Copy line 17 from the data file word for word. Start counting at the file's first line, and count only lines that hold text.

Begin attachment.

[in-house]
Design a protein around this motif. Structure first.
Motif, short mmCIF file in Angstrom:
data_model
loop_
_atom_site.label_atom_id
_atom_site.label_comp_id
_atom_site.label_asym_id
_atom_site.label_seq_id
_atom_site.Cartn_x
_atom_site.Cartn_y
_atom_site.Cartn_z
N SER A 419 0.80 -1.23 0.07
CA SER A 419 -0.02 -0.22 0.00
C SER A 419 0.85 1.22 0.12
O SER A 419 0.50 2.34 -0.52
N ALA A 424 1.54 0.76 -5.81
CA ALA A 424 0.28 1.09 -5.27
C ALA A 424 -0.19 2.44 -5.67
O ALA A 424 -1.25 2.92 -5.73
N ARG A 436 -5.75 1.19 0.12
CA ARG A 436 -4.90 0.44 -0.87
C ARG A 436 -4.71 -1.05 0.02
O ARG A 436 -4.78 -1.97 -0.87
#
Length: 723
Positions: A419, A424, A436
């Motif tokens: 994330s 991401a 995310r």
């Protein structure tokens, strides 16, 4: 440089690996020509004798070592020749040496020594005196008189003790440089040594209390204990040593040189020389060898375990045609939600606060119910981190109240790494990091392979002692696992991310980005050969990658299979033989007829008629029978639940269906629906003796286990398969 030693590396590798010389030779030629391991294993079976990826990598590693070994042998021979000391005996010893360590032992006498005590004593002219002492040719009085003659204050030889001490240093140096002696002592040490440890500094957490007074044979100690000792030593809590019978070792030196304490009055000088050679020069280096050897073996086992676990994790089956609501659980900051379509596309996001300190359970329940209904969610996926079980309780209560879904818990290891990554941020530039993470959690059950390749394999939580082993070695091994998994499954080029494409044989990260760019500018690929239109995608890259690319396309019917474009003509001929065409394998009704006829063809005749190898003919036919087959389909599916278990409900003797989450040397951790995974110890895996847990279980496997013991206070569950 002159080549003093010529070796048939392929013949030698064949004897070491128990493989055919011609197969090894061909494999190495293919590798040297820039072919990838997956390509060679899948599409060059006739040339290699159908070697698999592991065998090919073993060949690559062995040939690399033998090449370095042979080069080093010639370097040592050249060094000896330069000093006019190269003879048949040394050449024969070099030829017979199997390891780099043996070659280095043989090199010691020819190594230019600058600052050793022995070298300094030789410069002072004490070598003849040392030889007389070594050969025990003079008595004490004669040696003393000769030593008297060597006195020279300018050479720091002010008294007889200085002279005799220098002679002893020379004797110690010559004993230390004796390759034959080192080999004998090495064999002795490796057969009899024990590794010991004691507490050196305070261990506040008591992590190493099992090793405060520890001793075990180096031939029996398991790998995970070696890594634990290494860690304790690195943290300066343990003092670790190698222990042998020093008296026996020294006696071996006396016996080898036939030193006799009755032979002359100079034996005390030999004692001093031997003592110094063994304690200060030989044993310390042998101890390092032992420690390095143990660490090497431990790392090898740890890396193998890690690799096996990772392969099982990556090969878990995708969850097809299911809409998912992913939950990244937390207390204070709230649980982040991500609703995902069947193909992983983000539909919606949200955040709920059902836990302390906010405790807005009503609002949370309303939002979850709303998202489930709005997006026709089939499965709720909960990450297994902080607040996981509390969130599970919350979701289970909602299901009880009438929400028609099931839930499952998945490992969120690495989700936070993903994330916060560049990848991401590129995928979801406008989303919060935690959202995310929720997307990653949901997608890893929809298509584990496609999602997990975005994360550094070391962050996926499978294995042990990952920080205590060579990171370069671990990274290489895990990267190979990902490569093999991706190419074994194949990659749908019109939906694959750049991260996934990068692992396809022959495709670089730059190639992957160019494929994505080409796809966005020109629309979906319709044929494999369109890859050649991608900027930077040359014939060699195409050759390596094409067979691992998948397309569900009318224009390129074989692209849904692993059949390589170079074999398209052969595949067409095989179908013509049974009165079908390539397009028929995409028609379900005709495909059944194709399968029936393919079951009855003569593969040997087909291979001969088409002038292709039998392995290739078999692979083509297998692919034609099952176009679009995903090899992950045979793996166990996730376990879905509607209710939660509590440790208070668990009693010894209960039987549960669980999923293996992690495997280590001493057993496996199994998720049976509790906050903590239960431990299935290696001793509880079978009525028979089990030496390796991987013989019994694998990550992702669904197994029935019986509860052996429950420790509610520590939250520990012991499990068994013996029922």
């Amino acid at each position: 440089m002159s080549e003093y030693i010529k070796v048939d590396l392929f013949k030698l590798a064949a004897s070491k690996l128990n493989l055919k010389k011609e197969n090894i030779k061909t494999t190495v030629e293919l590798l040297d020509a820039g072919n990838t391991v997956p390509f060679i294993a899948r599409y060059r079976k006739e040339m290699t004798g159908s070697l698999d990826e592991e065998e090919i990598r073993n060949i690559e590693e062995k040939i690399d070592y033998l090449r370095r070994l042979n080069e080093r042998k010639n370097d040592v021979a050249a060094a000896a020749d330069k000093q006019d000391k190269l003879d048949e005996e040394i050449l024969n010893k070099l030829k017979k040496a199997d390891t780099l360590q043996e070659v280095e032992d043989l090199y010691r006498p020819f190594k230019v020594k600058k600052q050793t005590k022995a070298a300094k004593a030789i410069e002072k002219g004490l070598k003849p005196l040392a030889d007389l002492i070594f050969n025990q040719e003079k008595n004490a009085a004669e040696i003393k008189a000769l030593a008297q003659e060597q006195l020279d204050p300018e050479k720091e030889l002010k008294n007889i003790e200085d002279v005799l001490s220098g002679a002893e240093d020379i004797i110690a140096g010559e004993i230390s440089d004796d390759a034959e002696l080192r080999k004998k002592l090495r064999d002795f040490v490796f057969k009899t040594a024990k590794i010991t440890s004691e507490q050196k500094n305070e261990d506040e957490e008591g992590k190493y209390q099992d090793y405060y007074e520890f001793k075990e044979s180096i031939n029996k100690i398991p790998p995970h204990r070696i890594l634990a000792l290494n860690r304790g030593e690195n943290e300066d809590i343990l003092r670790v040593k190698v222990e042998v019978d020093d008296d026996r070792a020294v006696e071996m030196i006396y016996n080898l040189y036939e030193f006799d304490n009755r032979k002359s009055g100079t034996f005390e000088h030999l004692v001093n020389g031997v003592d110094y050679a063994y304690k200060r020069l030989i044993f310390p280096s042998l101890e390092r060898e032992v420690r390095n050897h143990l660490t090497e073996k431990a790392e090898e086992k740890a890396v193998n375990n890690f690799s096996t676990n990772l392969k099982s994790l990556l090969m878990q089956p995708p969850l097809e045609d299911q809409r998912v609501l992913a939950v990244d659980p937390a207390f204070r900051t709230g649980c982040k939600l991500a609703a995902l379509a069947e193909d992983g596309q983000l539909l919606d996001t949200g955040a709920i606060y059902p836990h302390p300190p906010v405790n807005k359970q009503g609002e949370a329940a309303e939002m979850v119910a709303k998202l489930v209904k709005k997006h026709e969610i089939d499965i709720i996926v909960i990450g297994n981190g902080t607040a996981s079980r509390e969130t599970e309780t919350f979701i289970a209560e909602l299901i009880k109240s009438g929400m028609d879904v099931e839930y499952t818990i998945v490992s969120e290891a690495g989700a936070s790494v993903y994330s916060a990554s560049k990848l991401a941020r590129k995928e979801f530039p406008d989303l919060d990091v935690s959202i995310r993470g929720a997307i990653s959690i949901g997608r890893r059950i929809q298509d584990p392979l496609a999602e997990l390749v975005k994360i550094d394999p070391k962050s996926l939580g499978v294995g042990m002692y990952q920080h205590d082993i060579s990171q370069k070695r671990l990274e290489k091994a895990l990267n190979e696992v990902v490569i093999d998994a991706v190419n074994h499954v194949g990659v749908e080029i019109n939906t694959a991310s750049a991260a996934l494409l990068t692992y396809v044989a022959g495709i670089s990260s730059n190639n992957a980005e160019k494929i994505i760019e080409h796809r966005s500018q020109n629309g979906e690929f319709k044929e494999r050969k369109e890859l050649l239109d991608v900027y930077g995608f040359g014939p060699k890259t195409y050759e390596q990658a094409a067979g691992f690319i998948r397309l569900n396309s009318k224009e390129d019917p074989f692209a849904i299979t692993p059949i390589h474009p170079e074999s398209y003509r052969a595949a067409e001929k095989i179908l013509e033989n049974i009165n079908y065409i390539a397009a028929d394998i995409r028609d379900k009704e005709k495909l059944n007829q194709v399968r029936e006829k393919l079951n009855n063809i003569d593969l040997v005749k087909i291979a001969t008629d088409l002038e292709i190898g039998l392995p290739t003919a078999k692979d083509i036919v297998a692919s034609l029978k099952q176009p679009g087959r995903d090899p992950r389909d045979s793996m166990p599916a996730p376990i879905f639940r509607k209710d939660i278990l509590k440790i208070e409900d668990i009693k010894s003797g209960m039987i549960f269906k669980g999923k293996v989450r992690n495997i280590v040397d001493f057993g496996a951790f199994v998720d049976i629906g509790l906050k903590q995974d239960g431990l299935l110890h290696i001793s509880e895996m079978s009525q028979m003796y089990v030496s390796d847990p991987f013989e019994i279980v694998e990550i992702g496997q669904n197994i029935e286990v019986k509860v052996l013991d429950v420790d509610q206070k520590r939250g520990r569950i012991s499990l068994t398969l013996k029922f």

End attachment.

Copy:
N ALA A 424 1.54 0.76 -5.81